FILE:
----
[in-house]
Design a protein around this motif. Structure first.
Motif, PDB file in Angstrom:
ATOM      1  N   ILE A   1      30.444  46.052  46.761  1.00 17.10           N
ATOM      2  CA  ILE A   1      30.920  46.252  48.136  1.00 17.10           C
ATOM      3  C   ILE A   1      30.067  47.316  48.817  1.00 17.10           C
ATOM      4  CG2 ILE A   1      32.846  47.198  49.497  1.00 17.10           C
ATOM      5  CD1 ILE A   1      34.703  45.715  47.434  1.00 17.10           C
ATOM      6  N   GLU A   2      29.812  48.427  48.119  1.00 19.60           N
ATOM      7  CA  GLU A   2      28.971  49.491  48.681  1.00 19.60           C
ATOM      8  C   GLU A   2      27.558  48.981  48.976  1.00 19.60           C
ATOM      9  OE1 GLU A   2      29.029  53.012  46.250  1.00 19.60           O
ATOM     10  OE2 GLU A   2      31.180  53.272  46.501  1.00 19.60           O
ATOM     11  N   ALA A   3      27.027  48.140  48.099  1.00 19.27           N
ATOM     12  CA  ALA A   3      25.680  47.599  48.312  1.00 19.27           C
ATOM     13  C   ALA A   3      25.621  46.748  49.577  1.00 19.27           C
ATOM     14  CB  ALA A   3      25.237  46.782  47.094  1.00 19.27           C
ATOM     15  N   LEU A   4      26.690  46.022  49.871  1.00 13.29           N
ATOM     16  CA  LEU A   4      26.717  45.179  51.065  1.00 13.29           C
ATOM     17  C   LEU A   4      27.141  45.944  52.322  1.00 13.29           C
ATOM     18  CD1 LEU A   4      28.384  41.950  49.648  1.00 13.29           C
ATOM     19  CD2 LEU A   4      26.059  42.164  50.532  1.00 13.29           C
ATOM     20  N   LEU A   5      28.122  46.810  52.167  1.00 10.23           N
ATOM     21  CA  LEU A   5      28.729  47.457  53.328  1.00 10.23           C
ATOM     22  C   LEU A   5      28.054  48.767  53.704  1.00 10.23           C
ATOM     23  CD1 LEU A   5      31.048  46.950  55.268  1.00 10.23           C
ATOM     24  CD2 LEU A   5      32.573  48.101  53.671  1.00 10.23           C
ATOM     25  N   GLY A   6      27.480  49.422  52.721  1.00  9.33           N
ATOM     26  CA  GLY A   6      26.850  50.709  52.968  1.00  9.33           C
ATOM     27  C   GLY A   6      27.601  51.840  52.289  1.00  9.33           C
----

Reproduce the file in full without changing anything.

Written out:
[in-house]
Design a protein around this motif. Structure first.
Motif, PDB file in Angstrom:
ATOM      1  N   ILE A   1      30.444  46.052  46.761  1.00 17.10           N
ATOM      2  CA  ILE A   1      30.920  46.252  48.136  1.00 17.10           C
ATOM      3  C   ILE A   1      30.067  47.316  48.817  1.00 17.10           C
ATOM      4  CG2 ILE A   1      32.846  47.198  49.497  1.00 17.10           C
ATOM      5  CD1 ILE A   1      34.703  45.715  47.434  1.00 17.10           C
ATOM      6  N   GLU A   2      29.812  48.427  48.119  1.00 19.60           N
ATOM      7  CA  GLU A   2      28.971  49.491  48.681  1.00 19.60           C
ATOM      8  C   GLU A   2      27.558  48.981  48.976  1.00 19.60           C
ATOM      9  OE1 GLU A   2      29.029  53.012  46.250  1.00 19.60           O
ATOM     10  OE2 GLU A   2      31.180  53.272  46.501  1.00 19.60           O
ATOM     11  N   ALA A   3      27.027  48.140  48.099  1.00 19.27           N
ATOM     12  CA  ALA A   3      25.680  47.599  48.312  1.00 19.27           C
ATOM     13  C   ALA A   3      25.621  46.748  49.577  1.00 19.27           C
ATOM     14  CB  ALA A   3      25.237  46.782  47.094  1.00 19.27           C
ATOM     15  N   LEU A   4      26.690  46.022  49.871  1.00 13.29           N
ATOM     16  CA  LEU A   4      26.717  45.179  51.065  1.00 13.29           C
ATOM     17  C   LEU A   4      27.141  45.944  52.322  1.00 13.29           C
ATOM     18  CD1 LEU A   4      28.384  41.950  49.648  1.00 13.29           C
ATOM     19  CD2 LEU A   4      26.059  42.164  50.532  1.00 13.29           C
ATOM     20  N   LEU A   5      28.122  46.810  52.167  1.00 10.23           N
ATOM     21  CA  LEU A   5      28.729  47.457  53.328  1.00 10.23           C
ATOM     22  C   LEU A   5      28.054  48.767  53.704  1.00 10.23           C
ATOM     23  CD1 LEU A   5      31.048  46.950  55.268  1.00 10.23           C
ATOM     24  CD2 LEU A   5      32.573  48.101  53.671  1.00 10.23           C
ATOM     25  N   GLY A   6      27.480  49.422  52.721  1.00  9.33           N
ATOM     26  CA  GLY A   6      26.850  50.709  52.968  1.00  9.33           C
ATOM     27  C   GLY A   6      27.601  51.840  52.289  1.00  9.33           C